‘Words are seeds that do more than blow around. They land in our hearts and not the ground. Be careful what you plant and careful what you say. You might have to eat what you planted one day.’- Unknown

Define comes from the Old French word ‘definer,’ which is a variant of Latin meaning bring to an end, finish, mark the limit of. Our words have energy and power, especially ones that flag our suffering.  Quantum physics (way beyond my pay grade but I trust the science) say we are energy that attracts like-minded energy.

So be careful what you wish for or rather where you put your focus.

By necessity as a patient your life is focused on coping with treatment, medication and medical appointments.  But you can balance this with practical steps to change your focus

  • Make a determined effort to re-focus on doing what you love.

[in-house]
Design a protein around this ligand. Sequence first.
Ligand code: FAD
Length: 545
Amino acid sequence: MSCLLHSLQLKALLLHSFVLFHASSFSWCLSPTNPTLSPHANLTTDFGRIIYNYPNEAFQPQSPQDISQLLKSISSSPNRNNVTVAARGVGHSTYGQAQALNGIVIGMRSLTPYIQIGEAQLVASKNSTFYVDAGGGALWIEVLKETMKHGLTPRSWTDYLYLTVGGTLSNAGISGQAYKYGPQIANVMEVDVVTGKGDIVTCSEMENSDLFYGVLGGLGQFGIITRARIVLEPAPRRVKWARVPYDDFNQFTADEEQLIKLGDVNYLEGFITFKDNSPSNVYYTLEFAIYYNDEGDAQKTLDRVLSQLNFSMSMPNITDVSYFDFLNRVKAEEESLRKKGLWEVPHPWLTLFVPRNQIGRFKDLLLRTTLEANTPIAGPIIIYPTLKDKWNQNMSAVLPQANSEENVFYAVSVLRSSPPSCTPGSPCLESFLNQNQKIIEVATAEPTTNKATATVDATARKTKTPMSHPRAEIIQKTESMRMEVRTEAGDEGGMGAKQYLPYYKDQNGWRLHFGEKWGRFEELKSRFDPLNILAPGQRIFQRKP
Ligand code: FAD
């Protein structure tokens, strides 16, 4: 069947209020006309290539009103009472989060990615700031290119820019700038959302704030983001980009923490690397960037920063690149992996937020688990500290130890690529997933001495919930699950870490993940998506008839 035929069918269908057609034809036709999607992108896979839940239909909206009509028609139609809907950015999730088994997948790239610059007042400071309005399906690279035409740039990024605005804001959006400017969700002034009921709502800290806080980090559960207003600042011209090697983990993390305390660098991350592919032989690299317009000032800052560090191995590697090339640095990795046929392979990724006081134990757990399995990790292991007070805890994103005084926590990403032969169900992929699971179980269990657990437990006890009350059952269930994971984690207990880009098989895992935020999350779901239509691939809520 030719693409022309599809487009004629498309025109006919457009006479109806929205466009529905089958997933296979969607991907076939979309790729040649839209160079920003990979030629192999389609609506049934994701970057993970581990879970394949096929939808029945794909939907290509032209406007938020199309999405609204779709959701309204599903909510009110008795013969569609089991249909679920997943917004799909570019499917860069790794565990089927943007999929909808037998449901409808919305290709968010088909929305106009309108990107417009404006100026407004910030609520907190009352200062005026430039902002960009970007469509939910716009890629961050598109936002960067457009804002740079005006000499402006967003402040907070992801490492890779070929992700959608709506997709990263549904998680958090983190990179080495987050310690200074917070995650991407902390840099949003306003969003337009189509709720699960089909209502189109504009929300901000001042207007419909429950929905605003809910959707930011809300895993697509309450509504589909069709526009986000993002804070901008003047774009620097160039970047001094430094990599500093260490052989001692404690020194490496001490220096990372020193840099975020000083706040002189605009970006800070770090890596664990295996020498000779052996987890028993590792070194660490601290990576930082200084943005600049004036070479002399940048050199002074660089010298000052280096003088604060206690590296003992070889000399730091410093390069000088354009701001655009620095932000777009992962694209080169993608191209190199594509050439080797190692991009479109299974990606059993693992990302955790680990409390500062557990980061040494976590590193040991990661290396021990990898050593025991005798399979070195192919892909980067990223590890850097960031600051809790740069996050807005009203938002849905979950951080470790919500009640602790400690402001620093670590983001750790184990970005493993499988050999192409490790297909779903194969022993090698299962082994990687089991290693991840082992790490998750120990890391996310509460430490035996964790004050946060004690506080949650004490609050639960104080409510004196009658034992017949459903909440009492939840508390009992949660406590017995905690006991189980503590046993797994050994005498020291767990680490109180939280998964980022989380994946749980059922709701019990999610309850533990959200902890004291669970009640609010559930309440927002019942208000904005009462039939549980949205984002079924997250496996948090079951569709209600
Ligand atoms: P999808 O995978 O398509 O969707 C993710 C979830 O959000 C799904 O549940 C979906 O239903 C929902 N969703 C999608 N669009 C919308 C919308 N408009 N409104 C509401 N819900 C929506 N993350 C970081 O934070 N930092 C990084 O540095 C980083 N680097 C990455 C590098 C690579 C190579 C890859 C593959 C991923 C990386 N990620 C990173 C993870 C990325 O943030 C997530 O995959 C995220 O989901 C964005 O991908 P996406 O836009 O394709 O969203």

• Daily – find somewhere quiet and encourage your imagination to see yourself content and in good health.
  • Practice gratitude.
  • Avoid stress.
  • Banish the word from your everyday language or say ‘you are holding space for………’   
  • Ask family and friends to keep the word to a minimum. Ask them instead to actively visualise you as healthy and content.
  • Listen to your intuition and act upon it.

And when you able, in this wretched journey of ill health, have the courage to re-define your illness as a blessing seeing your sickness as simply the body and spirit’s way of saying ‘time-out’ to rediscover and renew you.

From this place you are no longer in conflict with the disease, and I have found, as many others have too, that when you get out of its way the body invariably knows how to heal itself.

 

Great-fully-Grateful

gratitudeIn my book A Journey of Creative Healing, I write that half a century ago my Aunty G’ advised me to ‘always seek the silver lining in any situation.’
Finding the silver lining is one of the six steps that enabled me to return to full health. Today we know it as a practice of gratitude.